Press “Taboos” and Media Policy: West German Trade Unions and the Urge to Gain Media Attention During the Era of Press Concentration

Maria Löblich, Niklas Venema


In view of an increasing economic concentration in the press sector in the 1960s, media policy discourses on regulation emerged in the Federal Republic of Germany as in other Western countries. Drawing on the theories of mediatization and discursive institutionalism, the study analyzes how the German Journalists’ Union engaged in these discourses. The analyses of archival materials and published sources for the period between 1962 and 1979 reveal that the umbrella organization German Trade Union Confederation remained hesitant about larger public initiatives for media policy. The organization considered its own trade union press and public relations as responses to a media environment characterized by press concentration. The Journalists’ Union also adhered to these ideational rules but got strongly engaged in the media policy debates. Therefore, the Journalists’ Union did not only pursue its own interests but also dealt with the general media attention problem that trade unions perceived to have.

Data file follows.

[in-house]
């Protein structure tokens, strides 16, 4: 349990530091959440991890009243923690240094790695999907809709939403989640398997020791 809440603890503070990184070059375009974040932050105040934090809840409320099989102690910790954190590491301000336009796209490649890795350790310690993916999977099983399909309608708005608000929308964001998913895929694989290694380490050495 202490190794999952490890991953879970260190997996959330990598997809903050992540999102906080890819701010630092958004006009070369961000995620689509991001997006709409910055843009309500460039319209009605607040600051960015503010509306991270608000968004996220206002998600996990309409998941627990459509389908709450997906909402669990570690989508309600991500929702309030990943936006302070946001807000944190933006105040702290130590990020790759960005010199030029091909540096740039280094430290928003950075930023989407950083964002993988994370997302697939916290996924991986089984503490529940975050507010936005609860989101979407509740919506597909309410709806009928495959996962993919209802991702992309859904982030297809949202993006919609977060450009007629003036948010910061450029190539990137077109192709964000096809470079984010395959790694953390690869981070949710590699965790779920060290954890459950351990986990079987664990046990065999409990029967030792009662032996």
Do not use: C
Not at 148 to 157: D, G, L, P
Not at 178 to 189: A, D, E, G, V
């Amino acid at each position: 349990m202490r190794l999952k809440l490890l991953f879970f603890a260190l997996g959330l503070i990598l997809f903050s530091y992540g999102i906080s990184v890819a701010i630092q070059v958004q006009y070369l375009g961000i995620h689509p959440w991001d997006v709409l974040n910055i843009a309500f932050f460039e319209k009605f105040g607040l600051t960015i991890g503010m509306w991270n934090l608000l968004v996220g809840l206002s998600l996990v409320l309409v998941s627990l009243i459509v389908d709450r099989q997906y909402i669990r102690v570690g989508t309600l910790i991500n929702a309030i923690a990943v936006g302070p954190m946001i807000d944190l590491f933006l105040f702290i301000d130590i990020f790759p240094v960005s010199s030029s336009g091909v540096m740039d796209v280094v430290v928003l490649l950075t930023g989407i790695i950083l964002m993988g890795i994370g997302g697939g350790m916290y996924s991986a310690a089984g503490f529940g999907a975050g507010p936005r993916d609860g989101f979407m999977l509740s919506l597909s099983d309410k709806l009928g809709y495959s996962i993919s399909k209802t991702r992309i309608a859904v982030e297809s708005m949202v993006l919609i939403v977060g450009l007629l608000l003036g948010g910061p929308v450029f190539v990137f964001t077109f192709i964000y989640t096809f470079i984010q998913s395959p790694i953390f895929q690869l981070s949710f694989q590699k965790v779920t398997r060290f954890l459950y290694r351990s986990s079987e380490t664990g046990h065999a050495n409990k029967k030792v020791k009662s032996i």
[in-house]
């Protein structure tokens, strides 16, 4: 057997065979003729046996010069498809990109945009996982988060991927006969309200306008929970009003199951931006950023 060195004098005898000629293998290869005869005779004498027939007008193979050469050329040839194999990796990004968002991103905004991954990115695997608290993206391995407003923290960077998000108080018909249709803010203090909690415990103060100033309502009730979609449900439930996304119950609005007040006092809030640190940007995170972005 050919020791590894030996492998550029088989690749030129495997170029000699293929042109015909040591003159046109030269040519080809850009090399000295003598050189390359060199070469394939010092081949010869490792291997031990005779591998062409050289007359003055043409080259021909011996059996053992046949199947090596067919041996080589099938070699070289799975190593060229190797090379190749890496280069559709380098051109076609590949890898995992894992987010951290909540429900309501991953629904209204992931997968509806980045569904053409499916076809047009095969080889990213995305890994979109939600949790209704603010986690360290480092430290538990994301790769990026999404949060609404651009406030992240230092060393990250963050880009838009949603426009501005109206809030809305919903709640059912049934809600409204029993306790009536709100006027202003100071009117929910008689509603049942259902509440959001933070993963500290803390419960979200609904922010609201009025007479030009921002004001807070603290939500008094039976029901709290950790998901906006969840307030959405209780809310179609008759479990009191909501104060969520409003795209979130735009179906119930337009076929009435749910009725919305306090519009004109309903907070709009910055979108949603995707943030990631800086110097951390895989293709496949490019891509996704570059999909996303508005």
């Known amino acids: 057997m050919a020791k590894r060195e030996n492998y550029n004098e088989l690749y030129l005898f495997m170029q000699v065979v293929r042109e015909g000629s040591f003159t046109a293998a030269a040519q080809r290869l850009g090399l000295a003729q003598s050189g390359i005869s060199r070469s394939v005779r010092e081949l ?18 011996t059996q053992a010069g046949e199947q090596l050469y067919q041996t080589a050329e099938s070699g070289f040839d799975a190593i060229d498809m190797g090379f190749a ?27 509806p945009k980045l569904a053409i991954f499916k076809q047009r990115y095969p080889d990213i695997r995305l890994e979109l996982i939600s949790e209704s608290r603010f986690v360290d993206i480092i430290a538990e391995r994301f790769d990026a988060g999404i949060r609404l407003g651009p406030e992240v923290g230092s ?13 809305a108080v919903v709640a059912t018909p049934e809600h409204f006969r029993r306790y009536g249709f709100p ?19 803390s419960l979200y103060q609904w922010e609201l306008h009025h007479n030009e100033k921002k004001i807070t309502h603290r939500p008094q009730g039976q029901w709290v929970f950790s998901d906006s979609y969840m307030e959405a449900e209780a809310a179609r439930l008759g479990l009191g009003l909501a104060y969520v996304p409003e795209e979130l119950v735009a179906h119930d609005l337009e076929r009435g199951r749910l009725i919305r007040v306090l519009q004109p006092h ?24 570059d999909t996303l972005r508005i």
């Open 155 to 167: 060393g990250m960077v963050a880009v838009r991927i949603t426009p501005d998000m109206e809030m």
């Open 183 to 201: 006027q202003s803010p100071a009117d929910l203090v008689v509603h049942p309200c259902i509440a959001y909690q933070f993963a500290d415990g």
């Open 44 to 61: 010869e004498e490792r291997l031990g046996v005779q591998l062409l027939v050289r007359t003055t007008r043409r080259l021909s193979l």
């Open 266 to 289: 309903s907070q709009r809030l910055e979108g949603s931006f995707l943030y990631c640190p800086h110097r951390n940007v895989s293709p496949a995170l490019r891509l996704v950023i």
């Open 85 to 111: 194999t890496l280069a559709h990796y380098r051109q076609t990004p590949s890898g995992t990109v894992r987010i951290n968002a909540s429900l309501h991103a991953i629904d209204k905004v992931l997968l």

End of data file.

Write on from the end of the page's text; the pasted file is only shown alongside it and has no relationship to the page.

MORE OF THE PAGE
Media policy, press concentration, trade unions, press law, mediatization, discursive institutionalism

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